When the American Shakespeare Center came to campus in March, it was the renowned touring group’s 13th appearance at Central in 20 years. The campus connections established more than 20 years ago and the ongoing efforts to expose students to professional theater were the work of Central’s resident Shakespeare expert Walter Cannon, professor of English, who will retire at the end of the academic year.
Formerly known as Shenandoah Shakespeare Express, the touring company’s Dangerous Dreams tour performed “Julius Caesar,” “The Life of King Henry V” and “The Importance of Being Earnest” for campus and public audiences and conducted workshops for students on costume design and staging, special effects, voice and music in early theater.
American Shakespeare Center’s residency was made possible through the Thomas J. and Charlene P. Gaard Endowed Residency in the Liberal Arts, and Vice President for Academic Affairs Mary E.M. Strey terms the Gaard residency and Cannon’s tenure each as “a signature legacy.”
“Just as the Thomas J. and Charlene P. Gaard Endowed Residency in the Liberal Arts is a signature residency at Central College, designed to provide faculty and students a meaningful opportunity to reflect on the liberal arts, Professor Cannon’s 36-year residency at Central is a signature legacy that has challenged thousands of students and hundreds of colleagues to reflect on and be attentive to the liberal arts,” Strey said.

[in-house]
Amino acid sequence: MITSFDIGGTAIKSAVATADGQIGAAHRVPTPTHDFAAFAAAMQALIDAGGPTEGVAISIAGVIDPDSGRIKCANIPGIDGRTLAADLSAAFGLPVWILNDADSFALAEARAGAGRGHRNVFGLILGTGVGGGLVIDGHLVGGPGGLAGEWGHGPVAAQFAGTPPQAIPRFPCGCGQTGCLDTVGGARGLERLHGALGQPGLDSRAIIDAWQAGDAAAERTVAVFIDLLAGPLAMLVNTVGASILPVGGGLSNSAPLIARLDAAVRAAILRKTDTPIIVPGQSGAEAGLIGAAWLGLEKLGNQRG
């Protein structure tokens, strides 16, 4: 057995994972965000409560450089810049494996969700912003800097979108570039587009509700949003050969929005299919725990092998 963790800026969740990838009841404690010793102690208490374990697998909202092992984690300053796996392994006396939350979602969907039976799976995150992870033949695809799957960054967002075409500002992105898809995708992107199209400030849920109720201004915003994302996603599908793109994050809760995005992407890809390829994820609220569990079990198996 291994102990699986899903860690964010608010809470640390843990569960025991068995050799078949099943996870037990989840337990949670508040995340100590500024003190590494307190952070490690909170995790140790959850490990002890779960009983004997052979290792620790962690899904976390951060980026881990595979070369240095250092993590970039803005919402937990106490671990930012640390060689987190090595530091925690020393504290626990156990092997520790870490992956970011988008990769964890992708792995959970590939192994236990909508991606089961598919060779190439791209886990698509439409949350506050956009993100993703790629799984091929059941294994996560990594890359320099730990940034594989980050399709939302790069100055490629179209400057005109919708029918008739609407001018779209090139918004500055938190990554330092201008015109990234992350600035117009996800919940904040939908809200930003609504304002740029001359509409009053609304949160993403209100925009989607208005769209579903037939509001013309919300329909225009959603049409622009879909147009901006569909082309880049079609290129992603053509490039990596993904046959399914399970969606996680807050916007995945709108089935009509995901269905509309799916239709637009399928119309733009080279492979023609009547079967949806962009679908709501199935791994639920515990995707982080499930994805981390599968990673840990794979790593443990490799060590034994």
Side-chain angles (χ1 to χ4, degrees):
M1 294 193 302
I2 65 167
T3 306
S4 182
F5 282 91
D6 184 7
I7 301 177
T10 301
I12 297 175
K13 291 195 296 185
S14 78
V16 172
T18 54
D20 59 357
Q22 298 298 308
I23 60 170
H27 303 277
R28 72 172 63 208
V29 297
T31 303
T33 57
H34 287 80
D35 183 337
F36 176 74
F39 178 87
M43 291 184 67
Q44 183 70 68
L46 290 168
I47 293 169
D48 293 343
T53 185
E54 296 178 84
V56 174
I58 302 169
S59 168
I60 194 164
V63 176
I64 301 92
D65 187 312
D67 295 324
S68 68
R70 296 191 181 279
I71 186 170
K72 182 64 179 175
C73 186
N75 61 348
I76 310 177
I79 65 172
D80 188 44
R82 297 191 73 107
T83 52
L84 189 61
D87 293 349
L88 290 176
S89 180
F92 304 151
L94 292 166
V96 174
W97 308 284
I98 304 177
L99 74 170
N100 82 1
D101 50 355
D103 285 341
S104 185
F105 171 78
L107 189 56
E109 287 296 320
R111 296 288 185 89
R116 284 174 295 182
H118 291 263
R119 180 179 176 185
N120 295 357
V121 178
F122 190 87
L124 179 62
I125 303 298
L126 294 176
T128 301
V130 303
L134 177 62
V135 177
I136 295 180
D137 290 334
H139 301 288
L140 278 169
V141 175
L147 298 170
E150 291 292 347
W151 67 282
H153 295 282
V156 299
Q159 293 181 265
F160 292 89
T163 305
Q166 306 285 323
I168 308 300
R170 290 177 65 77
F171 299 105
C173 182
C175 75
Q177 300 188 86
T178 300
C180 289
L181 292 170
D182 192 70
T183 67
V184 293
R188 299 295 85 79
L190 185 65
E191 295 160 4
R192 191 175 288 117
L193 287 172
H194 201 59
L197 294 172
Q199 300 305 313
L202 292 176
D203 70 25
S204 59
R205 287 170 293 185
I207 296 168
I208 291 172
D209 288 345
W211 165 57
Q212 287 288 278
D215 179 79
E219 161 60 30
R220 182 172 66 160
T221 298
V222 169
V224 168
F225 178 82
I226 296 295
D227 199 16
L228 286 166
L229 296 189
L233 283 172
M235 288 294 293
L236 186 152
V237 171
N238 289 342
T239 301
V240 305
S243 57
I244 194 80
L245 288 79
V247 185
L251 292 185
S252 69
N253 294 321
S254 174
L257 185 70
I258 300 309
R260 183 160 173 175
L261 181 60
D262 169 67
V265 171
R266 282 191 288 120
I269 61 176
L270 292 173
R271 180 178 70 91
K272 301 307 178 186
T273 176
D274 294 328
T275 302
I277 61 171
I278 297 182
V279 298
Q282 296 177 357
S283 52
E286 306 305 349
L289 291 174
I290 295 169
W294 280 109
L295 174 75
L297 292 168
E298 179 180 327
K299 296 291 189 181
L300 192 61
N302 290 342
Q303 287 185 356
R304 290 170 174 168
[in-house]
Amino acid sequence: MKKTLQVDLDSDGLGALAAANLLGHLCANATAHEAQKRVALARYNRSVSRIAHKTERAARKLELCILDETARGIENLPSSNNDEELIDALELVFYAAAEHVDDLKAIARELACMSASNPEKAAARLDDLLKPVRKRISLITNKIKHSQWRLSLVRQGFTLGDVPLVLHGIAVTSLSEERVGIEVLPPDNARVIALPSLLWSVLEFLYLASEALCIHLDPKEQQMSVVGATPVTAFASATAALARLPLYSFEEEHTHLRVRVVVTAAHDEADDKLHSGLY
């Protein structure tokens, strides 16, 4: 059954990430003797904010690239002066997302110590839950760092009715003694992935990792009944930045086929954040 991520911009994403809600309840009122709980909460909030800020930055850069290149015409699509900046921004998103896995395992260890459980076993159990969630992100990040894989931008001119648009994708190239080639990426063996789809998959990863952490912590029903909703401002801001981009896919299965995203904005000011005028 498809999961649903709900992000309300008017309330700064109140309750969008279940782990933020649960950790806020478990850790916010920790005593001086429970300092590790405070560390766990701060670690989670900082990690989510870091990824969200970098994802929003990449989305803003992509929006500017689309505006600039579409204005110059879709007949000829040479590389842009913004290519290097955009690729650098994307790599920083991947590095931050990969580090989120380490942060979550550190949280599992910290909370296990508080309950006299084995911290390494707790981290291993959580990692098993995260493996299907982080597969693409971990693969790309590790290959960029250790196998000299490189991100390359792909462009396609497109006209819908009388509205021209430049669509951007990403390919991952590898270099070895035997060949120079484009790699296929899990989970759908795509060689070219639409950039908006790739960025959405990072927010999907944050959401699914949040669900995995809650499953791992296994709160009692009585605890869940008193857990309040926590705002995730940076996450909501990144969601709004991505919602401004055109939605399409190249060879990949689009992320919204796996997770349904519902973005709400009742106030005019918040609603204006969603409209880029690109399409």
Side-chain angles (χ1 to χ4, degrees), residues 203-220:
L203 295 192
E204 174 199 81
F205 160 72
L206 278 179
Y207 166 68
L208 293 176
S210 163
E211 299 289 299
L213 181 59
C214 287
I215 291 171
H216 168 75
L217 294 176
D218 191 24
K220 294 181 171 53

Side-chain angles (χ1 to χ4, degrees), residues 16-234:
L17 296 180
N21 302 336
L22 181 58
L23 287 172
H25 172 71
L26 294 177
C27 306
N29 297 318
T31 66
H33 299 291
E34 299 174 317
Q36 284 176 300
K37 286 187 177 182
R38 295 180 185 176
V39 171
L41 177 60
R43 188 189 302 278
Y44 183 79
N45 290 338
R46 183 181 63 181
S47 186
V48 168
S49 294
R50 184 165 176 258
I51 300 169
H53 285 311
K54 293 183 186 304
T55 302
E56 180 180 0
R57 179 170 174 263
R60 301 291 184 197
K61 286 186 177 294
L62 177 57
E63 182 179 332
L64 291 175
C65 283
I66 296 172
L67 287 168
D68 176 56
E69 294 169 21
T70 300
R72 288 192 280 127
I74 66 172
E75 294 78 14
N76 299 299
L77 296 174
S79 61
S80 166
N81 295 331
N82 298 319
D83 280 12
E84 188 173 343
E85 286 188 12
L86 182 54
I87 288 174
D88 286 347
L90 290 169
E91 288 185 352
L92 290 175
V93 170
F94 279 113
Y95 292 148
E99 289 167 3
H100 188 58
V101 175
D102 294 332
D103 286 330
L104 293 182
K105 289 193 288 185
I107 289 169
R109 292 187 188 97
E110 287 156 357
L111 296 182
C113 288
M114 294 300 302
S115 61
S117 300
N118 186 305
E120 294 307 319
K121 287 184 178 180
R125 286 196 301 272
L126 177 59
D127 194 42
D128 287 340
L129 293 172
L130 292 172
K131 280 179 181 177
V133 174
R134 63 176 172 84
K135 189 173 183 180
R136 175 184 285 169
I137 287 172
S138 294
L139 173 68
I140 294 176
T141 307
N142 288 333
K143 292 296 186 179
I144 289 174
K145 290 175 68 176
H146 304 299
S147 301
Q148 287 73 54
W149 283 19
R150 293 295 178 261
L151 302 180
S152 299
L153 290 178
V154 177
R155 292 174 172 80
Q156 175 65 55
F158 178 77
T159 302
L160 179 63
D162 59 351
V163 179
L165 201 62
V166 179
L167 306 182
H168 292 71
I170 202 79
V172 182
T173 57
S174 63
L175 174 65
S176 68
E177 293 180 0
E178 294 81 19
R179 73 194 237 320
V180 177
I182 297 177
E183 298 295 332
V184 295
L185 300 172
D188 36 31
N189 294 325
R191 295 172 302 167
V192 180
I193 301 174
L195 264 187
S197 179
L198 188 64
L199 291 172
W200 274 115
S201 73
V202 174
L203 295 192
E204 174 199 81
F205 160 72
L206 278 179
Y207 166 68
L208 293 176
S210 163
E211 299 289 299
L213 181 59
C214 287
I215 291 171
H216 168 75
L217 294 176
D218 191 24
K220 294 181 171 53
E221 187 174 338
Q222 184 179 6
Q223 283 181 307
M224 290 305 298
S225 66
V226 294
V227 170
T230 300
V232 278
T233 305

For Cannon, the campus residency was the continuation of a lifelong fascination with Shakespeare and his personal friendship with the center’s founding director Ralph Cohen.
“I found Shakespeare fascinating from the beginning. His work plays fast to the audience and delivers lots of ideas in a short time. I loved the way the theater brought the plays to life as living things through interaction with the audience,” Cannon says. “His ideas are so resonating and abidingly relevant.”